The Caravan Sites Act 1968 imposed a duty on local authorities in the United Kingdom to provide sites for ‘gipsies’ (sic). Contradictory aims of active repression, enforced dependency and notional integration combined in a mode of dwelling invented and controlled by the state, but increasingly promoted, transformed and privatised by Travellers themselves. In a ruling in 2004 against the United Kingdom, the European Court of Human Rights found that local authority sites were ‘homes’ under Article Eight of the European Convention on Human Rights, and tantalisingly described the UK’s Traveller population as ‘nomadic in spirit if not in actual or constant practice’ (Connors v. the United Kingdom, ECtHR 267, 2004, Press Release of the Registrar: 4). This paper explores the paradox of permanent temporariness imbedded in the relation between the UK Traveller site, the legal category of the gypsy, and the house of the post-war planning system. It argues that post-nomadic architectures and subjectivities radically challenge the public-private nexus of citizenship, property, and family objectified in the post-war ideal of the permanent house. In the house, as Engels (1948 ) describes, political economy and the materiality of dwelling and family life collide, and the tension of contradictions eventually gives rise to new house forms and concomitant social relations. The paper draws on anthropological fieldwork in the UK and Ireland to revisit the house as a field of productive instability.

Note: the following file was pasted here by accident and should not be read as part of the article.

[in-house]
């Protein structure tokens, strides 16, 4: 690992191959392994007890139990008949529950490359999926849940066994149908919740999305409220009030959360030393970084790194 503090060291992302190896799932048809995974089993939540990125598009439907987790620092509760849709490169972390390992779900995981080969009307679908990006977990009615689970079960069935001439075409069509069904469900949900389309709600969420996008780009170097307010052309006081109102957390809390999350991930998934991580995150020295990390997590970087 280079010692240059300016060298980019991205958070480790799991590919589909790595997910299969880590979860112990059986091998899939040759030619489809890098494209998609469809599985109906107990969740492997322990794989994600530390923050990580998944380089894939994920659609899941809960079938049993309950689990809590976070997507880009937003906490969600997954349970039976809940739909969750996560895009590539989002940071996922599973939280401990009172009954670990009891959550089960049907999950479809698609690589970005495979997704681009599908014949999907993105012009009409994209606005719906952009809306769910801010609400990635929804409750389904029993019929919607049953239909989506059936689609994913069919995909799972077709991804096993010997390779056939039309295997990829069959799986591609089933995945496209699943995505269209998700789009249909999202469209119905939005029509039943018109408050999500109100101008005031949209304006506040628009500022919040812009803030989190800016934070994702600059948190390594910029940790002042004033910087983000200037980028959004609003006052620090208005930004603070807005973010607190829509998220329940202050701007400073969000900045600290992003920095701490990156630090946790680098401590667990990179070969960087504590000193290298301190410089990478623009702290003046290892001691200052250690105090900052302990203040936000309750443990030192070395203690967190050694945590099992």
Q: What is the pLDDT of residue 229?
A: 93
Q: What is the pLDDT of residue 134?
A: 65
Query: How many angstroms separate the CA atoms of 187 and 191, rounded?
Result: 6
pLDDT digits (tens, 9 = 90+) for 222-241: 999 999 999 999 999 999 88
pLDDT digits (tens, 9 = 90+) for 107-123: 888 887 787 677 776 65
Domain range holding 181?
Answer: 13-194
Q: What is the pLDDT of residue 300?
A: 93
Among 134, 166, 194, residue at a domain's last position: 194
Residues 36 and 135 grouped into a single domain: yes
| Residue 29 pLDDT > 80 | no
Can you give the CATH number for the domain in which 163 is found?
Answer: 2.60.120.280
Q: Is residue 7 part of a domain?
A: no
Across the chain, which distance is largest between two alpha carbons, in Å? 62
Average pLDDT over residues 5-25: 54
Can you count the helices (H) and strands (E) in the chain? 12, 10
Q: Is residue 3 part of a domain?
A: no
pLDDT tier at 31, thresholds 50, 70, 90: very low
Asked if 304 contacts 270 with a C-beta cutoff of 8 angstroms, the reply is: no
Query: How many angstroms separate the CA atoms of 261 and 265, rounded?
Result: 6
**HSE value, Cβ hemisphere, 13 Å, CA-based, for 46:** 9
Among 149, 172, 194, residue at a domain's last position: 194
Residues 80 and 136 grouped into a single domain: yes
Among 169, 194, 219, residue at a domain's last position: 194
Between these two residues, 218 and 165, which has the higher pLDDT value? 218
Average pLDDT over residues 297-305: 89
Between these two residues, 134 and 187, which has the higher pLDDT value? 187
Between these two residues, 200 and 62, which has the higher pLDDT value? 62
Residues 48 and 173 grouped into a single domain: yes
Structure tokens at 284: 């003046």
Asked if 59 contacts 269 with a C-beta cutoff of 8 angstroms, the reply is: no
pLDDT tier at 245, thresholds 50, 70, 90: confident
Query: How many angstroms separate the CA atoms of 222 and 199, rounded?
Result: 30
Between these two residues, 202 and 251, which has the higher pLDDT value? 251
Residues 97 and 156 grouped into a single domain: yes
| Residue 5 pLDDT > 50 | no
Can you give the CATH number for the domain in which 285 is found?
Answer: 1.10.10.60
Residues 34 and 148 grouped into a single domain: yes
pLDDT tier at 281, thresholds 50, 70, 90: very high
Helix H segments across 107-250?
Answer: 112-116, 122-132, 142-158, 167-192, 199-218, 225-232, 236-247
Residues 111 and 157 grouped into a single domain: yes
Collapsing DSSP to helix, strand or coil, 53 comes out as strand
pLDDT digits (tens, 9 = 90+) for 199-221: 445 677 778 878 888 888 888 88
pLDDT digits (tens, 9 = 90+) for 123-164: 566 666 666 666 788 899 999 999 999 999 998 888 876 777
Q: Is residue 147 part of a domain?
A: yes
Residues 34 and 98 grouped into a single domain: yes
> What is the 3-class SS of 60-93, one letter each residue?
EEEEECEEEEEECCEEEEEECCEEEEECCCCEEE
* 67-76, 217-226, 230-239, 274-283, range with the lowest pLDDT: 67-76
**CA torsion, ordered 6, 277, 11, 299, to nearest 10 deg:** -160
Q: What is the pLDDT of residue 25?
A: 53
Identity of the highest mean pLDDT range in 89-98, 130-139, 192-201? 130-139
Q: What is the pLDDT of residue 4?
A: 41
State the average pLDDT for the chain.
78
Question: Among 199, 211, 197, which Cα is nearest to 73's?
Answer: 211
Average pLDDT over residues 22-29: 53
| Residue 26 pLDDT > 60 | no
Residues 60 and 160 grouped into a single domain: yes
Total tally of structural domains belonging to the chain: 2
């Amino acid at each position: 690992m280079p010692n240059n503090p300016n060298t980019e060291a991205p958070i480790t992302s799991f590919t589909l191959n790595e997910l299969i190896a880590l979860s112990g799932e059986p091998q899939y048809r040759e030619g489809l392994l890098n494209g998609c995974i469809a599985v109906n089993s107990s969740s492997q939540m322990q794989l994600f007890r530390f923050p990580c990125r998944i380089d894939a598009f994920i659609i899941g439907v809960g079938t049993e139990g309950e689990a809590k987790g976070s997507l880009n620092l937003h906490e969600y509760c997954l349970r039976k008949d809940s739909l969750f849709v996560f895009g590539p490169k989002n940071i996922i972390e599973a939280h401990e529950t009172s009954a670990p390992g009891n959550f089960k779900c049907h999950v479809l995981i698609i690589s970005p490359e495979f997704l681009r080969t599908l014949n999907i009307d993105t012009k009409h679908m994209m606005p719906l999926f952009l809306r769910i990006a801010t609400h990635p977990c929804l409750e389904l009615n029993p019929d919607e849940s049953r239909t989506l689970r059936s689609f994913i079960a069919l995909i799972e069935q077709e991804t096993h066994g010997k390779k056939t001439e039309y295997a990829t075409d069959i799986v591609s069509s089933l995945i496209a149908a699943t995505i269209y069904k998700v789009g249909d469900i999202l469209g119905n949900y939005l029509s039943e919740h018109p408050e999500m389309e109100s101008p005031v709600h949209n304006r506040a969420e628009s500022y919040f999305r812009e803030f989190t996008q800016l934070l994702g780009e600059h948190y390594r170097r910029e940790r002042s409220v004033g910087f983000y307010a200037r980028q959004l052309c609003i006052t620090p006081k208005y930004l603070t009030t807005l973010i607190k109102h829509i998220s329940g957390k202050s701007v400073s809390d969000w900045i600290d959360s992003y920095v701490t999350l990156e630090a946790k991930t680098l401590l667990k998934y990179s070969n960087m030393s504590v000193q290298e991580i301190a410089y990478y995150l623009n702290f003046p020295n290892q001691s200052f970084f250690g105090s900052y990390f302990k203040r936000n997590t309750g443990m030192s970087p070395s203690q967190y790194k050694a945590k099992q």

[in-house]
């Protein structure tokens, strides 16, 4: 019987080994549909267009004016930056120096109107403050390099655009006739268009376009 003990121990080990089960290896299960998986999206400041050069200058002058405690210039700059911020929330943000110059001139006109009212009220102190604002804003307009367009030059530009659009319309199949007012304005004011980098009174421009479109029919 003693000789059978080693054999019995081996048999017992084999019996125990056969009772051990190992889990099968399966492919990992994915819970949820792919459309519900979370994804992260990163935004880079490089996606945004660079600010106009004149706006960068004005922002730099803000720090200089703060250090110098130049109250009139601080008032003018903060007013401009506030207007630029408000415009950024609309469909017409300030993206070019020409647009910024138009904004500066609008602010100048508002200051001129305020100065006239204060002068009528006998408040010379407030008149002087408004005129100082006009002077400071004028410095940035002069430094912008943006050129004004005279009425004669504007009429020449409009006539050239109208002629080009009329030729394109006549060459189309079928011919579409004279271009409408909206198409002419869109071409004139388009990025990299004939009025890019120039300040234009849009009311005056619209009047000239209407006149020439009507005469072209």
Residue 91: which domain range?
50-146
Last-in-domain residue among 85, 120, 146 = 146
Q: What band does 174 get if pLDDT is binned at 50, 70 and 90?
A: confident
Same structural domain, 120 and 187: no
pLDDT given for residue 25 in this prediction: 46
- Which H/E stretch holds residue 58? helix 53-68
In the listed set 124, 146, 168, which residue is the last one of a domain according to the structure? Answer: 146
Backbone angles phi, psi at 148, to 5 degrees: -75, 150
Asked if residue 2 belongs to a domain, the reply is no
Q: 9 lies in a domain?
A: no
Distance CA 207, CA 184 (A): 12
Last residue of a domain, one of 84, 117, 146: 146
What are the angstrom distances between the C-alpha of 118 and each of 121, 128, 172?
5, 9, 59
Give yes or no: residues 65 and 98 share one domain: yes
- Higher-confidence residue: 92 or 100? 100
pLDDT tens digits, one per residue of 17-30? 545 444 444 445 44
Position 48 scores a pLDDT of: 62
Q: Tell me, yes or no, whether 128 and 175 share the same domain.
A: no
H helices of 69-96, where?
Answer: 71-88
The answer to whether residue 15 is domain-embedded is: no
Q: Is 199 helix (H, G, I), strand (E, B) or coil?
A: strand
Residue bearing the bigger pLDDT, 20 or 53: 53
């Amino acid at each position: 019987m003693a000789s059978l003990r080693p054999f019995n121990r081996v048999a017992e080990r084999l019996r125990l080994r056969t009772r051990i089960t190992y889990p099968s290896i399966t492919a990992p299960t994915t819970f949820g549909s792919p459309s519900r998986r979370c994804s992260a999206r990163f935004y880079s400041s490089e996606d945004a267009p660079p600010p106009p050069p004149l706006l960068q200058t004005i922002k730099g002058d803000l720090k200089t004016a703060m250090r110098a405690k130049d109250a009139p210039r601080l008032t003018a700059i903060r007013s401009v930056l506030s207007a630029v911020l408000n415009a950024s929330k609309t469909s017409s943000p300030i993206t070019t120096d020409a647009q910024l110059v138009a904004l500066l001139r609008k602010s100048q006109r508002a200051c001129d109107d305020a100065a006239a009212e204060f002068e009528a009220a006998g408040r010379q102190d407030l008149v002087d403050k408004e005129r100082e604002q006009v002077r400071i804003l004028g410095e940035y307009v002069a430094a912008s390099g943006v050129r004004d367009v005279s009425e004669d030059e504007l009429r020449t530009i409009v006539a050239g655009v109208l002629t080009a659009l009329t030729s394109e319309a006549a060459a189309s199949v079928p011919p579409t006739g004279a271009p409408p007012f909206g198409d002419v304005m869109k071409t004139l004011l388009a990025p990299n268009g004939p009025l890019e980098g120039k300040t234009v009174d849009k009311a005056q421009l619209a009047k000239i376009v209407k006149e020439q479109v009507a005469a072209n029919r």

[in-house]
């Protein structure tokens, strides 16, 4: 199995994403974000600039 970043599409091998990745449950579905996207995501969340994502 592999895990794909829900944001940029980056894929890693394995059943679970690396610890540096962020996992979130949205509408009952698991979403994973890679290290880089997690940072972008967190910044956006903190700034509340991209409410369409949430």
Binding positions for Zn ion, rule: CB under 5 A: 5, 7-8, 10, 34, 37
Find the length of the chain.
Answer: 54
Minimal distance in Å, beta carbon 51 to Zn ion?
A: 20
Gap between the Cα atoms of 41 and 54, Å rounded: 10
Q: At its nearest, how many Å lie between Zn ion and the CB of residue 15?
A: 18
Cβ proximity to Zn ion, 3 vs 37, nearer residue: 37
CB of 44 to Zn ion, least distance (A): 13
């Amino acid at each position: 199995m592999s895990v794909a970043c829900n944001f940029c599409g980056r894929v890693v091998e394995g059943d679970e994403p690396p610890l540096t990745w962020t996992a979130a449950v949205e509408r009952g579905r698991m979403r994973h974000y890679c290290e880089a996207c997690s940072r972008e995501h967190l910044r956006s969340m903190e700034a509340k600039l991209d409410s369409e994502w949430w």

gypsies, caravan sites, law, House
How to Cite
Hoare, A., (2014) “The View from the Traveller Site: Post-nomadic Subjects and the Material Relations of Permanent Temporary Dwelling”, Opticon1826 16, Art. 18.